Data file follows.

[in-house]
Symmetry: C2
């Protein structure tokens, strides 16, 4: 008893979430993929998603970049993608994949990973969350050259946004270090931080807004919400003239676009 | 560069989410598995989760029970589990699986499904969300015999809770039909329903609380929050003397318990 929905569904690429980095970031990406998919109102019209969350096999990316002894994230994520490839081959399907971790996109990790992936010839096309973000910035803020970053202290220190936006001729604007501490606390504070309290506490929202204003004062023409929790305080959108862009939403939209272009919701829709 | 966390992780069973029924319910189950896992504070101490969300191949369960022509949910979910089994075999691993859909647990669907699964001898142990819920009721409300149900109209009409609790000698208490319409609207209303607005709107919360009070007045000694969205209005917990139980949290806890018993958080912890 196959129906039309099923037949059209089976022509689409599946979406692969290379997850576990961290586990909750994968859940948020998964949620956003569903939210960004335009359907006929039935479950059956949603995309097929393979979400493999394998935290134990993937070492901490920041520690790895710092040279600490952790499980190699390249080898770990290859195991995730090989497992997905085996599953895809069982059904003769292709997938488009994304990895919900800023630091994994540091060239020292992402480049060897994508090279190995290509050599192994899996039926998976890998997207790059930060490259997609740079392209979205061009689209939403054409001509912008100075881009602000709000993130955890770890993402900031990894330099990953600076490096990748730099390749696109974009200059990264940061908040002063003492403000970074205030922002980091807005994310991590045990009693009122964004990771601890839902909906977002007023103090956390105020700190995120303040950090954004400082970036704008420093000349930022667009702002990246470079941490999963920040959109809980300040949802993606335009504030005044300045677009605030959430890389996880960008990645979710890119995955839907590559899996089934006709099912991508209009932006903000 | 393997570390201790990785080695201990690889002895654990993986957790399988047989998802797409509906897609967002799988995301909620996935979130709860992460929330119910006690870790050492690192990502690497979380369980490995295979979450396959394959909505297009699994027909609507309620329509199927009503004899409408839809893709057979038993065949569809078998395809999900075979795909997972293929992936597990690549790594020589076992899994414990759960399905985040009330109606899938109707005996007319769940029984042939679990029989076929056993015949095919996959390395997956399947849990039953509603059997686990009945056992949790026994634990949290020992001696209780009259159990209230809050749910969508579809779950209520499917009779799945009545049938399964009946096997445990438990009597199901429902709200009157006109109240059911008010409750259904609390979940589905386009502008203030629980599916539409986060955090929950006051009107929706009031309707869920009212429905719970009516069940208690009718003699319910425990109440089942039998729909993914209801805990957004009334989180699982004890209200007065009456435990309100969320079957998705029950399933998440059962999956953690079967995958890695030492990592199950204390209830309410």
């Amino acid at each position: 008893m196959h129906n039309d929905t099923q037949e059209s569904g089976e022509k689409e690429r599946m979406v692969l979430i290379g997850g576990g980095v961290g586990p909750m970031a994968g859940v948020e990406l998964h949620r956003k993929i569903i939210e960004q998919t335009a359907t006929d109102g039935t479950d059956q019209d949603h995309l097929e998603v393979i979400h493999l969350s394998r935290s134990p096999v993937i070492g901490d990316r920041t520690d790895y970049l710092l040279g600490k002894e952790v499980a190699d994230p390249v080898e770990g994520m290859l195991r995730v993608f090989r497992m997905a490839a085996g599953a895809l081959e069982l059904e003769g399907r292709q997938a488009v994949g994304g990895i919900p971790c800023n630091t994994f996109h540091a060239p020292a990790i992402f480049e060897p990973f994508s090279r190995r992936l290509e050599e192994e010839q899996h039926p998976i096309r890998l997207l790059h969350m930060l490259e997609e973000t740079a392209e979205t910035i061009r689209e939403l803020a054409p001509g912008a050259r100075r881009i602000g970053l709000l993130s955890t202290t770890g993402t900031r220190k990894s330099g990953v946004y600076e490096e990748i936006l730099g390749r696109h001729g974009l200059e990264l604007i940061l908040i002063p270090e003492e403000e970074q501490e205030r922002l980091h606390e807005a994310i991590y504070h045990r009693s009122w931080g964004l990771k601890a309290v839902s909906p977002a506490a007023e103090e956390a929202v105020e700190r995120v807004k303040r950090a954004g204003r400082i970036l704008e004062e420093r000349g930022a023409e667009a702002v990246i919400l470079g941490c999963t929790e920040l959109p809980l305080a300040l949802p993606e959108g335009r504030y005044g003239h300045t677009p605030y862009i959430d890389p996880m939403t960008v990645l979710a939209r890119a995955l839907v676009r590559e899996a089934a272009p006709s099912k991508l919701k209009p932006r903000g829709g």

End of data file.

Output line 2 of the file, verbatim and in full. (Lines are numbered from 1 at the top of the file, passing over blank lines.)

Symmetry: C2